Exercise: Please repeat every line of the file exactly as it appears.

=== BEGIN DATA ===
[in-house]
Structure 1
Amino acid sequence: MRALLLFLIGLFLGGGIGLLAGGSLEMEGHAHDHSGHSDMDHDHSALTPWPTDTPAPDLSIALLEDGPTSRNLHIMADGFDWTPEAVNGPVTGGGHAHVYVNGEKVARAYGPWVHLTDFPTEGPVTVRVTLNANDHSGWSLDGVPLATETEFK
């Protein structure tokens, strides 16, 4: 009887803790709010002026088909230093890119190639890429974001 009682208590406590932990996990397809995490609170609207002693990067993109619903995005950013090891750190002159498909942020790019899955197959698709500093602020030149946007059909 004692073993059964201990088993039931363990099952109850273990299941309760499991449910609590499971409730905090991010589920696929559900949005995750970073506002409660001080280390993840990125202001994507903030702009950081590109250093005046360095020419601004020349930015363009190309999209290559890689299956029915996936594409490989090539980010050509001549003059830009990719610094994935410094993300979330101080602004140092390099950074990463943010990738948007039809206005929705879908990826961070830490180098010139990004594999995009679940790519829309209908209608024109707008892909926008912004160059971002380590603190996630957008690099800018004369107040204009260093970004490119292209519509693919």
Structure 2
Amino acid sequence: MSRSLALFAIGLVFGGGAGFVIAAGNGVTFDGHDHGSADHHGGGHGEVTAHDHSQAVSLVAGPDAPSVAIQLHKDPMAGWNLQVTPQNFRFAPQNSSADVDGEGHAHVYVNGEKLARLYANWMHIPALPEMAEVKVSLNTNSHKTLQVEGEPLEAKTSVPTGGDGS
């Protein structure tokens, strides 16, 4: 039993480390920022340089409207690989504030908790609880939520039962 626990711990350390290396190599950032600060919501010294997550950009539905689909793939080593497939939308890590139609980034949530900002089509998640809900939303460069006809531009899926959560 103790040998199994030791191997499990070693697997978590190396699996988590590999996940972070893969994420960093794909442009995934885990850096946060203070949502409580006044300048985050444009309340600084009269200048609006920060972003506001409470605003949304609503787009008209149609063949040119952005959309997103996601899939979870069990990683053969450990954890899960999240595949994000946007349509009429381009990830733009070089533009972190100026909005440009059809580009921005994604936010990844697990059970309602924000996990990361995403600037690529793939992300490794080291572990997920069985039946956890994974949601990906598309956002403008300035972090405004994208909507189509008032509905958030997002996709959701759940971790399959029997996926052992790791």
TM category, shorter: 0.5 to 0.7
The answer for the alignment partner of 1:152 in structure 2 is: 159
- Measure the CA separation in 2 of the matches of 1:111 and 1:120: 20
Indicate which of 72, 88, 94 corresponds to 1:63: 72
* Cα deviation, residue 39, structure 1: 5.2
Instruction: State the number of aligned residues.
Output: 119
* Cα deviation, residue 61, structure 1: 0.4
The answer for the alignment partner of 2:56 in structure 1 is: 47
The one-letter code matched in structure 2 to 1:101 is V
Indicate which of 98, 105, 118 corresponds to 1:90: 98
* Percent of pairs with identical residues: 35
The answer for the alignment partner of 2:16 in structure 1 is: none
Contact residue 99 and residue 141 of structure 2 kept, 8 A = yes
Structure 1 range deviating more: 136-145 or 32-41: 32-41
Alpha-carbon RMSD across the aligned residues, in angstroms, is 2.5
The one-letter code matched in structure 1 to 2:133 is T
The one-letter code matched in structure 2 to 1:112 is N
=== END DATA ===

[in-house]
Structure 1
Amino acid sequence: MRALLLFLIGLFLGGGIGLLAGGSLEMEGHAHDHSGHSDMDHDHSALTPWPTDTPAPDLSIALLEDGPTSRNLHIMADGFDWTPEAVNGPVTGGGHAHVYVNGEKVARAYGPWVHLTDFPTEGPVTVRVTLNANDHSGWSLDGVPLATETEFK
């Protein structure tokens, strides 16, 4: 009887803790709010002026088909230093890119190639890429974001 009682208590406590932990996990397809995490609170609207002693990067993109619903995005950013090891750190002159498909942020790019899955197959698709500093602020030149946007059909 004692073993059964201990088993039931363990099952109850273990299941309760499991449910609590499971409730905090991010589920696929559900949005995750970073506002409660001080280390993840990125202001994507903030702009950081590109250093005046360095020419601004020349930015363009190309999209290559890689299956029915996936594409490989090539980010050509001549003059830009990719610094994935410094993300979330101080602004140092390099950074990463943010990738948007039809206005929705879908990826961070830490180098010139990004594999995009679940790519829309209908209608024109707008892909926008912004160059971002380590603190996630957008690099800018004369107040204009260093970004490119292209519509693919």
Structure 2
Amino acid sequence: MSRSLALFAIGLVFGGGAGFVIAAGNGVTFDGHDHGSADHHGGGHGEVTAHDHSQAVSLVAGPDAPSVAIQLHKDPMAGWNLQVTPQNFRFAPQNSSADVDGEGHAHVYVNGEKLARLYANWMHIPALPEMAEVKVSLNTNSHKTLQVEGEPLEAKTSVPTGGDGS
């Protein structure tokens, strides 16, 4: 039993480390920022340089409207690989504030908790609880939520039962 626990711990350390290396190599950032600060919501010294997550950009539905689909793939080593497939939308890590139609980034949530900002089509998640809900939303460069006809531009899926959560 103790040998199994030791191997499990070693697997978590190396699996988590590999996940972070893969994420960093794909442009995934885990850096946060203070949502409580006044300048985050444009309340600084009269200048609006920060972003506001409470605003949304609503787009008209149609063949040119952005959309997103996601899939979870069990990683053969450990954890899960999240595949994000946007349509009429381009990830733009070089533009972190100026909005440009059809580009921005994604936010990844697990059970309602924000996990990361995403600037690529793939992300490794080291572990997920069985039946956890994974949601990906598309956002403008300035972090405004994208909507189509008032509905958030997002996709959701759940971790399959029997996926052992790791």
TM category, shorter: 0.5 to 0.7
The answer for the alignment partner of 1:152 in structure 2 is: 159
- Measure the CA separation in 2 of the matches of 1:111 and 1:120: 20
Indicate which of 72, 88, 94 corresponds to 1:63: 72
* Cα deviation, residue 39, structure 1: 5.2
Instruction: State the number of aligned residues.
Output: 119
* Cα deviation, residue 61, structure 1: 0.4
The answer for the alignment partner of 2:56 in structure 1 is: 47
The one-letter code matched in structure 2 to 1:101 is V
Indicate which of 98, 105, 118 corresponds to 1:90: 98
* Percent of pairs with identical residues: 35
The answer for the alignment partner of 2:16 in structure 1 is: none
Contact residue 99 and residue 141 of structure 2 kept, 8 A = yes
Structure 1 range deviating more: 136-145 or 32-41: 32-41
Alpha-carbon RMSD across the aligned residues, in angstroms, is 2.5
The one-letter code matched in structure 1 to 2:133 is T
The one-letter code matched in structure 2 to 1:112 is N